Doug Witney doesn't know where some of the most defining experiences of his life took place except that they happened somewhere in Vietnam.

At 19, Witney completed more than 50 missions with an air mobile unit in the U.S. Army's First Infantry Division during the Vietnam War. On many of those missions, Witney and his platoon were simply dropped in the jungle on seek-and-destroy operations.They spent weeks without even knowing their location. But they knew, and experienced, misery and death.

"I feel like I've faced just about everything there is to face in this life," Witney said. "People who have come very close to death really appreciate life - not just human life but all life."

Witney, 48, a lifetime resident of Springville, is challenging Utah County Sheriff David Bateman for the Republican nomination for sheriff. Also in the mix is former Graham County, Ariz., Sheriff Richard Mack. Candidates are gearing up for the nominating convention May 2.

After he spent most of 1969 shooting and getting shot at in Vietnam, Witney's luck ran out. Just a few days before Christmas, his platoon was ambushed by North Vietnamese troops during what was supposed to be a cease-fire.

"The next thing we knew there were rocket-propelled grenades flying over our heads," he said. "It was frightening. We'd been in firefights before but nothing like this."

He was shot in both legs and for several minutes didn't feel pain. But as he remained on the ground and as bullets hit around him, his legs began to burn. He thought he would die. Instead, he returned home alive and was later awarded a Purple Heart.

"It impacted me forever, but that was then," Witney said. "Now is now."

Now involves Witney working as the county's top white-collar crime investigator as chief of the investigations division of the Utah County Attorney's office. It also involves him spending time with his wife, four children and three grandchildren. It is raising a large garden and orchard, and caring for cows and chickens.

Witney still doesn't know the names of the places where he was in Vietnam, nor does he think of them often. He's moved into another phase of his life, and the dominating thought of that phase right now is convincing Republican delegates that he's the man to fill Utah County's top law enforcement post.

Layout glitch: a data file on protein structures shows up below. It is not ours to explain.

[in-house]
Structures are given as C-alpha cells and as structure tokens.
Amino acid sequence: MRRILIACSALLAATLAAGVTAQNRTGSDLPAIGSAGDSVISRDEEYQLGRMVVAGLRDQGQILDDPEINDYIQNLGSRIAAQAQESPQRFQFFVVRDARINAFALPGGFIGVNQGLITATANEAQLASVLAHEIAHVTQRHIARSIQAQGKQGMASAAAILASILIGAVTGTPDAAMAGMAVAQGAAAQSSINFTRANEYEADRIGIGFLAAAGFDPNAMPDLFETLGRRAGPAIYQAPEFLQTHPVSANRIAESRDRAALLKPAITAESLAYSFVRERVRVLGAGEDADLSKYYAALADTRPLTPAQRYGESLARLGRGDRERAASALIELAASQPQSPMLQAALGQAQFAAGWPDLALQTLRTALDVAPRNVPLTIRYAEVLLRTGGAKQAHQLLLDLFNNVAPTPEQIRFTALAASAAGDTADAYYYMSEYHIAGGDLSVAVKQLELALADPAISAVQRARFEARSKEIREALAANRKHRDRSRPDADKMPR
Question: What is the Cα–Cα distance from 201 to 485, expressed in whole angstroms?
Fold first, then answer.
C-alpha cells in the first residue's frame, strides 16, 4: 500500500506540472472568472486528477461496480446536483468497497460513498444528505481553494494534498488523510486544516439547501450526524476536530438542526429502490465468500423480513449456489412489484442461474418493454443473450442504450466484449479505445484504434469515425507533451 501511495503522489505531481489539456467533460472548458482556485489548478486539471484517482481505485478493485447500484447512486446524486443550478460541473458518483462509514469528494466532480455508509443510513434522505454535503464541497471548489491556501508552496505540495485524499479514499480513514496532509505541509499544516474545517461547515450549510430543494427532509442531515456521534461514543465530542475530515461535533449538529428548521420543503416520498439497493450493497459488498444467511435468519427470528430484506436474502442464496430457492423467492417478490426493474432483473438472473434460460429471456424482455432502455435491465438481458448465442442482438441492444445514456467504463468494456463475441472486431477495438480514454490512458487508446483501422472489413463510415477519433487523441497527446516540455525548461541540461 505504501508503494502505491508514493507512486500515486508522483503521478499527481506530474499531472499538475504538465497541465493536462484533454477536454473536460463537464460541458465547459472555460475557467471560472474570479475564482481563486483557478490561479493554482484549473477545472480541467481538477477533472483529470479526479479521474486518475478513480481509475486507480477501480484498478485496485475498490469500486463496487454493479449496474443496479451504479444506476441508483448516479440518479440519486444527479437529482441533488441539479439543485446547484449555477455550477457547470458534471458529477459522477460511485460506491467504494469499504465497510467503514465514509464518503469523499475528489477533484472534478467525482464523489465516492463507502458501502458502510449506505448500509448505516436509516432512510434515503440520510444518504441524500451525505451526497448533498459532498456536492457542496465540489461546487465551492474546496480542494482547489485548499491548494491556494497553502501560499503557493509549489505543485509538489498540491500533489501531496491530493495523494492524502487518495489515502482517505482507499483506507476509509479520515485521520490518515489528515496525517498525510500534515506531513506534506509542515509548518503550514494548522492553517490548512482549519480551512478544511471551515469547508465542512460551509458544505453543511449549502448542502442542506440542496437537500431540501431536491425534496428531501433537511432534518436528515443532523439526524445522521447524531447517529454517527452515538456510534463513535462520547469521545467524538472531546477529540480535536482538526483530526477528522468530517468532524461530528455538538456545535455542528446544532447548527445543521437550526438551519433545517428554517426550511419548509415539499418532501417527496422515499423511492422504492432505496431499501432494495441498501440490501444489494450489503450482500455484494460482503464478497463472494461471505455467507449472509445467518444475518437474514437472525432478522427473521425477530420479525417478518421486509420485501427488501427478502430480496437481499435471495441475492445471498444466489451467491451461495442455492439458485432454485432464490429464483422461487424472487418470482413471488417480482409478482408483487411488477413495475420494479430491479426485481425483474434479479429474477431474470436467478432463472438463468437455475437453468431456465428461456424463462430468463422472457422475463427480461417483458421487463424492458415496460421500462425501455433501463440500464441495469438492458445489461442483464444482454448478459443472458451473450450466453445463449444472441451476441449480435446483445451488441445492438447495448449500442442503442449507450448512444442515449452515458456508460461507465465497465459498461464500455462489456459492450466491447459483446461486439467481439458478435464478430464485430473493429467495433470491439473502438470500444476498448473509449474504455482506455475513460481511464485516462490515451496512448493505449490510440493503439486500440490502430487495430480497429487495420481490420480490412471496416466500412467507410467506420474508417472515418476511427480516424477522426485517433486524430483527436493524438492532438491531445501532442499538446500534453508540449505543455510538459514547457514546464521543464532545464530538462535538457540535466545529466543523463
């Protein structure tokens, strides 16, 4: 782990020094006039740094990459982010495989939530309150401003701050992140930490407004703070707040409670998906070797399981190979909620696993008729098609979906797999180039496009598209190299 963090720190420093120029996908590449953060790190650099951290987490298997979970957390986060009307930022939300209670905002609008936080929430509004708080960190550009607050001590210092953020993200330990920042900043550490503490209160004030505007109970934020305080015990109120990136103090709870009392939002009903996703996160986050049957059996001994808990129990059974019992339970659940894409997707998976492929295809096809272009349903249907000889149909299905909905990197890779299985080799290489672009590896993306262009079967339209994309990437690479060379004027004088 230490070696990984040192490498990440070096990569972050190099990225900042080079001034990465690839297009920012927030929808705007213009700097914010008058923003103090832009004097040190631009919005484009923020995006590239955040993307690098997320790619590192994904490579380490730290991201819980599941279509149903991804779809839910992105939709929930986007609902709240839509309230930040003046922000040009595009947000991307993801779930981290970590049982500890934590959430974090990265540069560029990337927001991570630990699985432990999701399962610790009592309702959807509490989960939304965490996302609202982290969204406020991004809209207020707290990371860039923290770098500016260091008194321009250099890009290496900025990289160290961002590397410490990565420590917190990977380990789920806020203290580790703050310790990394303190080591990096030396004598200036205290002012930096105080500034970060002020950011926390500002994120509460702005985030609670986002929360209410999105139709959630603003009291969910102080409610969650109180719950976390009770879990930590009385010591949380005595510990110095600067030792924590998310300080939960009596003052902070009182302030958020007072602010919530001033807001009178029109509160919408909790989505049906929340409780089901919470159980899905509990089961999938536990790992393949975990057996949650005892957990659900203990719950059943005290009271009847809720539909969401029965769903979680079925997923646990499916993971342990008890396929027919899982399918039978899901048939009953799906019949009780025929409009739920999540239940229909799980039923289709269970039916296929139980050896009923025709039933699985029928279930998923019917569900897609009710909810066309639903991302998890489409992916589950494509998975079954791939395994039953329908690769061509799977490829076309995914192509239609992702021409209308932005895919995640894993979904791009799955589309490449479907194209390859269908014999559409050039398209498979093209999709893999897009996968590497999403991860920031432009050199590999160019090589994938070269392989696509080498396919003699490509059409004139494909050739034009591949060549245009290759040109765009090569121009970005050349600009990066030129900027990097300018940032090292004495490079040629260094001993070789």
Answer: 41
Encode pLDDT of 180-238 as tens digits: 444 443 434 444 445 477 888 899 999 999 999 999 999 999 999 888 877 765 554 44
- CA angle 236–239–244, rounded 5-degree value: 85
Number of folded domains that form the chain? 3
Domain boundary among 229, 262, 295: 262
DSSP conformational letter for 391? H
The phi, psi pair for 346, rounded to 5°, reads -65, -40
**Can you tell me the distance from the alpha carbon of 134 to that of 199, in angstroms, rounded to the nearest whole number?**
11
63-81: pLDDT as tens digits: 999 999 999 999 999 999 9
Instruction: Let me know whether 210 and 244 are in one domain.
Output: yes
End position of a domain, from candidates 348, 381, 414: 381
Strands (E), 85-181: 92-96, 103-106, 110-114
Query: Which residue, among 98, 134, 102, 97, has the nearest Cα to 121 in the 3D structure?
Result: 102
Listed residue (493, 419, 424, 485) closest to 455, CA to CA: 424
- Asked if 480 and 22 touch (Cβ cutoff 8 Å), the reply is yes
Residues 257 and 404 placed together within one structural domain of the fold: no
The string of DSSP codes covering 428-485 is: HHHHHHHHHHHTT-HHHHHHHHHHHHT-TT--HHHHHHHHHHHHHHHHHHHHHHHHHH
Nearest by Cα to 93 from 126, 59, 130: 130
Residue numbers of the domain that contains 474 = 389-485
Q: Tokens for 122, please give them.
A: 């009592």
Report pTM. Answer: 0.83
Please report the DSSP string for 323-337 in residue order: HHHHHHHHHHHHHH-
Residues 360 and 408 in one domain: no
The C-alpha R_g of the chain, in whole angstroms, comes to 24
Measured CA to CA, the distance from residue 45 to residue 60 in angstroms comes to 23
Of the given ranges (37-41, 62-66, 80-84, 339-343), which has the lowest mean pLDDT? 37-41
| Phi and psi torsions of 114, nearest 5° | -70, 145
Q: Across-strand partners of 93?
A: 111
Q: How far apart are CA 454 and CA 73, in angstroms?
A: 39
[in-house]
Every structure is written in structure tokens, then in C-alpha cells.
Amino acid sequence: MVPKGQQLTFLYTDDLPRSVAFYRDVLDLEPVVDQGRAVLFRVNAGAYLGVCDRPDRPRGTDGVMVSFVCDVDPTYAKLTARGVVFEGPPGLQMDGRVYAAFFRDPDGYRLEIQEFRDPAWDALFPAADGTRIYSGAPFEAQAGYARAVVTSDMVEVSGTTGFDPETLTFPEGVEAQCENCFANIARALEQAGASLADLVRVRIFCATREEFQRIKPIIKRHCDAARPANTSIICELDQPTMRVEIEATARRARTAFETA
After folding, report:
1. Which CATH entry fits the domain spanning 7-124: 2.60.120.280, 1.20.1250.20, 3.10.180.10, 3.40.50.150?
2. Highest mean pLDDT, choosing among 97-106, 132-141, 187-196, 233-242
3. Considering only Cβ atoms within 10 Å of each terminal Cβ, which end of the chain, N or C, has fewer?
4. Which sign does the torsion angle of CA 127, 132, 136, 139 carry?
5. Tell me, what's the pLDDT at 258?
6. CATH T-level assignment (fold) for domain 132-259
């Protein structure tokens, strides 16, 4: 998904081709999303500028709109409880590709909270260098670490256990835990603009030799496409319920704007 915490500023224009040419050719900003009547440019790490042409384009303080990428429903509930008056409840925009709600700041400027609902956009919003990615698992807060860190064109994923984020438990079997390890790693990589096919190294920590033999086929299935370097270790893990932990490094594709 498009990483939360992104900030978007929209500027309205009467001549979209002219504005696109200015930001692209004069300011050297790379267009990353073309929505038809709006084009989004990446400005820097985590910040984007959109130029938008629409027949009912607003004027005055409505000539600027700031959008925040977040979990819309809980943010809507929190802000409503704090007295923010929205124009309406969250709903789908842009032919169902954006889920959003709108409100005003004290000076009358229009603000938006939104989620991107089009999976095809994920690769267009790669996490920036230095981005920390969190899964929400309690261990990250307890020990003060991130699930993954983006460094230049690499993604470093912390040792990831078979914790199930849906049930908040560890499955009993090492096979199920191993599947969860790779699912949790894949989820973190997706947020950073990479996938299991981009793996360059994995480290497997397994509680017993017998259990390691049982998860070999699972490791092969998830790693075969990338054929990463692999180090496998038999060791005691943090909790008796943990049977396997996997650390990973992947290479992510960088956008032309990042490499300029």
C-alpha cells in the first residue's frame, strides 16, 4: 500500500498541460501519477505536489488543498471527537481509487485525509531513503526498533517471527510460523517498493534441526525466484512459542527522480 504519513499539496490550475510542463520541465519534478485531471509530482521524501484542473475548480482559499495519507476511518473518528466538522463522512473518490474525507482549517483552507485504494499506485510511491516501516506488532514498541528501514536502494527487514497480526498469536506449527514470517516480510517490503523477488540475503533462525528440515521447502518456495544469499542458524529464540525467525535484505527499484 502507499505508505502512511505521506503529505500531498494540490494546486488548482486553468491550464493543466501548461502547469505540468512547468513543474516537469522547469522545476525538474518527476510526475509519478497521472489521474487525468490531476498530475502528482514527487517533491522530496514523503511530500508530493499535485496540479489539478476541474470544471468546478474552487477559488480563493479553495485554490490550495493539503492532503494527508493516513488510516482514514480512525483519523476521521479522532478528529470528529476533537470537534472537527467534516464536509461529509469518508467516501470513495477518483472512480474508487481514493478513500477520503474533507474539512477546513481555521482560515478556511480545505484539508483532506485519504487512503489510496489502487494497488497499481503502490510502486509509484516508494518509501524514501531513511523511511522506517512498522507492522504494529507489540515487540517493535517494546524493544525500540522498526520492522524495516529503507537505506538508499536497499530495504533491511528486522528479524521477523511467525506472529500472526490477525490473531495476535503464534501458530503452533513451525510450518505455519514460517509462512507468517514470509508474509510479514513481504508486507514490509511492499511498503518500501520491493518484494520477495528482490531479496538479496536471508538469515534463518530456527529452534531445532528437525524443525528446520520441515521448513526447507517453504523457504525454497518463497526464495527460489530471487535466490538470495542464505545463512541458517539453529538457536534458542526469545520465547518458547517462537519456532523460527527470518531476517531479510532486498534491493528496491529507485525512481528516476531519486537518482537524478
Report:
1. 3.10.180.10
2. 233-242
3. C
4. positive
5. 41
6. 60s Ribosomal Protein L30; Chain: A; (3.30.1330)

He says one of his biggest qualifications to serve as sheriff is his knowledge of how divisions of the office work. Before his days as a white-collar crime investigator, he spent more than 15 years as a jailer, patrol officer and detective in the Utah County sheriff's office.

"Not only do I have an outlook on every position in every division, but I have a fresh outlook because I've been there on the street," Witney said.

Six years ago, Utah County Attorney Kay Bryson asked Witney to set up the white-collar crime investigations division. Witney's duties include investigating fraud, political corruption and police shootings. He has a standing invitation to return to the sheriff's office if he ever leaves his current post.

As sheriff, Witney would seek to establish a centralized data tracking system that would allow all cities in Utah County access to information about career criminals and gang-related crimes. He also would like to establish a consumer fraud division within the sheriff's office and said he has new ideas about deployment of deputies.

Witney believes the county is at a crossroads in terms of fighting crime. While the crime rate has been rising, there is a chance to stem the tide by taking effective measures now, he said.

"If we continue with the same philosophies that have been around for 14 years, we will continue to lose ground on the fight against crime, drugs, gangs and crimes against property," he said.

Most of the cases Witney has investigated involve crimes against persons, including rape, murder and sexual abuse. Many of the cases are difficult to deal with on a personal level, and Witney has discovered there are no winners - not even the police involved.

Nevertheless, Witney feels positive about his role in solving several crimes. A graduate from Weber State University with a degree in police science and a minor in psychology, Witney also completed the National FBI Academy and the FBI SWAT Academy.

"I have really enjoyed law enforcement," Witney said. "It's been rewarding and we've seen a lot of positive changes. I think the insight I've gotten from my experience is invaluable."

Witney doesn't consider himself a politician and has never sought an elected post before this year. But he has been involved in the process at the grass-roots level as a Republican county convention delegate and member of the central committee.